That’s when I remembered the weather. After our phone call, I hung up and pressed my face to the front window and looked out. The snow was falling down fast in thick flakes. Relief washed over me when I saw no footprints. Jen was right, Jaelee was in the house, somewhere.

Those five minutes before they got home were the longest five minutes, we continued walking and searching throughout the house before detecting the front door opening.

Jen and John walked it without even bothering to take off their snow-covered shoes before hugging and comforting me. I blamed myself for this whole situation, but they didn’t in the slightest. They had me walk them through everything that had happened, Jersey added little details I had forgotten about.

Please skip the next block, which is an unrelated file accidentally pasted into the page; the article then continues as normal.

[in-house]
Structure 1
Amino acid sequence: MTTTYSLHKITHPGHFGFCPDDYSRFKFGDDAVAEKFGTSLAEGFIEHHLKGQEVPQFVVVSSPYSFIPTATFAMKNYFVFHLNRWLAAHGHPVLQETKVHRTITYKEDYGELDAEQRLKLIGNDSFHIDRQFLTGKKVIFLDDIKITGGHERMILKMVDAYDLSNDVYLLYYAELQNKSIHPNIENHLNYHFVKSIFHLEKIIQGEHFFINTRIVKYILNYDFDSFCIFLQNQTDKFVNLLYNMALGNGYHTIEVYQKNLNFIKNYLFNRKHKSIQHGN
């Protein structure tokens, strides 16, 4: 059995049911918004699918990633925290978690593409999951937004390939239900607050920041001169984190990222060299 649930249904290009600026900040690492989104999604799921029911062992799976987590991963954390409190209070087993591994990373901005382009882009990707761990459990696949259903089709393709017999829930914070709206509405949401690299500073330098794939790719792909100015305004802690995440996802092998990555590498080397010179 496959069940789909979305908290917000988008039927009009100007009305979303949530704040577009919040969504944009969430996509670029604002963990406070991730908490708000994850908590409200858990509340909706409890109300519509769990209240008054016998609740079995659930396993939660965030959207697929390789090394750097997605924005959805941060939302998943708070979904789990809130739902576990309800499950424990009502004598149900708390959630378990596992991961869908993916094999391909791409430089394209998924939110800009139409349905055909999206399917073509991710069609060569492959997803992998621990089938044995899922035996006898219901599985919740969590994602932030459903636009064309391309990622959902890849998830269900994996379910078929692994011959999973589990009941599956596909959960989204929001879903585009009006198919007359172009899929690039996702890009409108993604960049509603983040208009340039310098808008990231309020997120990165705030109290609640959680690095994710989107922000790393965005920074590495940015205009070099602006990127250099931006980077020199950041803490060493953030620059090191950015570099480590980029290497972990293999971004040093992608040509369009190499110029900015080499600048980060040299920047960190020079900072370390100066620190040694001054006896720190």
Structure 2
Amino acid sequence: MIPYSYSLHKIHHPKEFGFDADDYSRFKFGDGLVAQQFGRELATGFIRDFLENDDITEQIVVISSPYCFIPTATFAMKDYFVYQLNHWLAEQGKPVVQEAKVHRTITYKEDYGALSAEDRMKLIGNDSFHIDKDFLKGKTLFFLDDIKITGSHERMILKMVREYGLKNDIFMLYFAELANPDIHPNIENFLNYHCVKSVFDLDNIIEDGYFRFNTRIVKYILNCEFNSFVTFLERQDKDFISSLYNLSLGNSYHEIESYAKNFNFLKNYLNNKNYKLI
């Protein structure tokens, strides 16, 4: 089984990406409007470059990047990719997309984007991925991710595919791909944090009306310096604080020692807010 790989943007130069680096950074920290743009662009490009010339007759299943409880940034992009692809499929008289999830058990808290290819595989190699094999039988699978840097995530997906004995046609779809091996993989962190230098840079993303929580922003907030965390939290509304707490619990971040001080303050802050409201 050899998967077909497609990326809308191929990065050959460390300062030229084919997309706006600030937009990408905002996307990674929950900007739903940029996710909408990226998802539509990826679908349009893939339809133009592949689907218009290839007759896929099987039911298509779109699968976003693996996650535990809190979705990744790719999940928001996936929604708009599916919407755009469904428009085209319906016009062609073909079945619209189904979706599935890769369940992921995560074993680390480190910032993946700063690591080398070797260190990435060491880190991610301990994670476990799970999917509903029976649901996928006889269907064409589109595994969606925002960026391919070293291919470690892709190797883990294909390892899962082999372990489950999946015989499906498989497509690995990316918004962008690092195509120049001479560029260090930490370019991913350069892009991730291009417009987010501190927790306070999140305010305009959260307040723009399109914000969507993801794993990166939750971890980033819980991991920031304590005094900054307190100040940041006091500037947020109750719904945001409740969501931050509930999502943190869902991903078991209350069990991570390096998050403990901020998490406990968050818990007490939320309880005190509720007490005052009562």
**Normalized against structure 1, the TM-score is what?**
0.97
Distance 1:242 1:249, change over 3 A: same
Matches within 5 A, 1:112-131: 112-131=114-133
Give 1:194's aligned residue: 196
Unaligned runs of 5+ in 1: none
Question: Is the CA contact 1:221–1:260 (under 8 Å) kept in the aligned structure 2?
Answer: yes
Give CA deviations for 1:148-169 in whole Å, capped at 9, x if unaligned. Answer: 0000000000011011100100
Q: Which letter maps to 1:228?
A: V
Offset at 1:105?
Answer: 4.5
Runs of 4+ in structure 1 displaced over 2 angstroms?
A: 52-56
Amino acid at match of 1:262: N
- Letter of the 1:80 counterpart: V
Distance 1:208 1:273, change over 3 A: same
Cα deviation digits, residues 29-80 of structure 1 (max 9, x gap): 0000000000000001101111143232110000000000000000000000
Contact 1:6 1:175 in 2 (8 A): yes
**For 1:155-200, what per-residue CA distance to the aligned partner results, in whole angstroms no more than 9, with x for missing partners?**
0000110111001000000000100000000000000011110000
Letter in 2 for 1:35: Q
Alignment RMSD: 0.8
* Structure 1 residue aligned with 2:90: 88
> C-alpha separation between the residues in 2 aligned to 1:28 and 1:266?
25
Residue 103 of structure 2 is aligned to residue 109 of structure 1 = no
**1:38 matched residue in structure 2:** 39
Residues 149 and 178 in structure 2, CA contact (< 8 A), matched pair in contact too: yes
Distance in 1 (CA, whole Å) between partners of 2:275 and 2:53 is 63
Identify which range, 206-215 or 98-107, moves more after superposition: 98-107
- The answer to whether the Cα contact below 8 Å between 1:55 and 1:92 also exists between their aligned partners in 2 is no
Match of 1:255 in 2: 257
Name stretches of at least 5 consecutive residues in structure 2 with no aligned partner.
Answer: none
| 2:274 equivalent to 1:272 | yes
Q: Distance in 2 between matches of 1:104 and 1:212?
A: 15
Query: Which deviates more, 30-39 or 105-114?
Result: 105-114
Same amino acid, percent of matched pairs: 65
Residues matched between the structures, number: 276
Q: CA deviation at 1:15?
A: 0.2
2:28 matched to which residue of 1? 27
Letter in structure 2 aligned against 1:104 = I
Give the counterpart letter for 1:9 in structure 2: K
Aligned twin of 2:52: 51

Then there was the sound of little footsteps running on the light hardwood floor.

“Mommy!” There was Jaelee skipping toward her parents, full of amusement the polar opposite of how I was reacting in the moment.

I checked their room though. I thought to myself, feeling dumbfounded. Jen and John were not thrilled or fascinated by their daughter’s behavior. They sent her to her room with disappointment in their voices.

“She’s never done anything like this with a sitter. I’m so sorry.” Jen embraced me once again.

“No, I’m sorry I probably overreacted and I didn’t handle the situation right,” I replied, still trying for my voice to sound normal again.

“You handled it perfectly,” she reassured me.

I left that night feeling overwhelmed with different emotions swirling around my head. After that incident, I vowed to be more attentive when I babysat other households, their family still included.